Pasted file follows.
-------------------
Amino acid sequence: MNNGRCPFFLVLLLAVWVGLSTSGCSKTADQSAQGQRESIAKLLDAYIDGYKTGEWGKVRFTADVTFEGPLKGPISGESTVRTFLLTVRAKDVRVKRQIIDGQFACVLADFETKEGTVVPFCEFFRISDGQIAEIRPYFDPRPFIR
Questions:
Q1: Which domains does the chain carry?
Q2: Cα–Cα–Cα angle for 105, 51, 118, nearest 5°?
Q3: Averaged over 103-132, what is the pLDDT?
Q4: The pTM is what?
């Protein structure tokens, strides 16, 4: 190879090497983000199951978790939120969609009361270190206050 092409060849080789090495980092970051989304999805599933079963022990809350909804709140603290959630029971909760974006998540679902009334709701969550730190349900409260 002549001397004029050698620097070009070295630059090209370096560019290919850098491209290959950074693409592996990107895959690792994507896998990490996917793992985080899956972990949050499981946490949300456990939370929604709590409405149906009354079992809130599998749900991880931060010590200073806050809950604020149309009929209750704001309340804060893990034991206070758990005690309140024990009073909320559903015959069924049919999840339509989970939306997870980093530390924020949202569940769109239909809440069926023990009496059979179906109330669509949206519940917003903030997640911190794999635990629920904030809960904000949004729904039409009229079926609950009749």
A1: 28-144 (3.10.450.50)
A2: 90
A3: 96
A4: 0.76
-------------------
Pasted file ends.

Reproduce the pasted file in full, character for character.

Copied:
Amino acid sequence: MNNGRCPFFLVLLLAVWVGLSTSGCSKTADQSAQGQRESIAKLLDAYIDGYKTGEWGKVRFTADVTFEGPLKGPISGESTVRTFLLTVRAKDVRVKRQIIDGQFACVLADFETKEGTVVPFCEFFRISDGQIAEIRPYFDPRPFIR
Questions:
Q1: Which domains does the chain carry?
Q2: Cα–Cα–Cα angle for 105, 51, 118, nearest 5°?
Q3: Averaged over 103-132, what is the pLDDT?
Q4: The pTM is what?
């Protein structure tokens, strides 16, 4: 190879090497983000199951978790939120969609009361270190206050 092409060849080789090495980092970051989304999805599933079963022990809350909804709140603290959630029971909760974006998540679902009334709701969550730190349900409260 002549001397004029050698620097070009070295630059090209370096560019290919850098491209290959950074693409592996990107895959690792994507896998990490996917793992985080899956972990949050499981946490949300456990939370929604709590409405149906009354079992809130599998749900991880931060010590200073806050809950604020149309009929209750704001309340804060893990034991206070758990005690309140024990009073909320559903015959069924049919999840339509989970939306997870980093530390924020949202569940769109239909809440069926023990009496059979179906109330669509949206519940917003903030997640911190794999635990629920904030809960904000949004729904039409009229079926609950009749």
A1: 28-144 (3.10.450.50)
A2: 90
A3: 96
A4: 0.76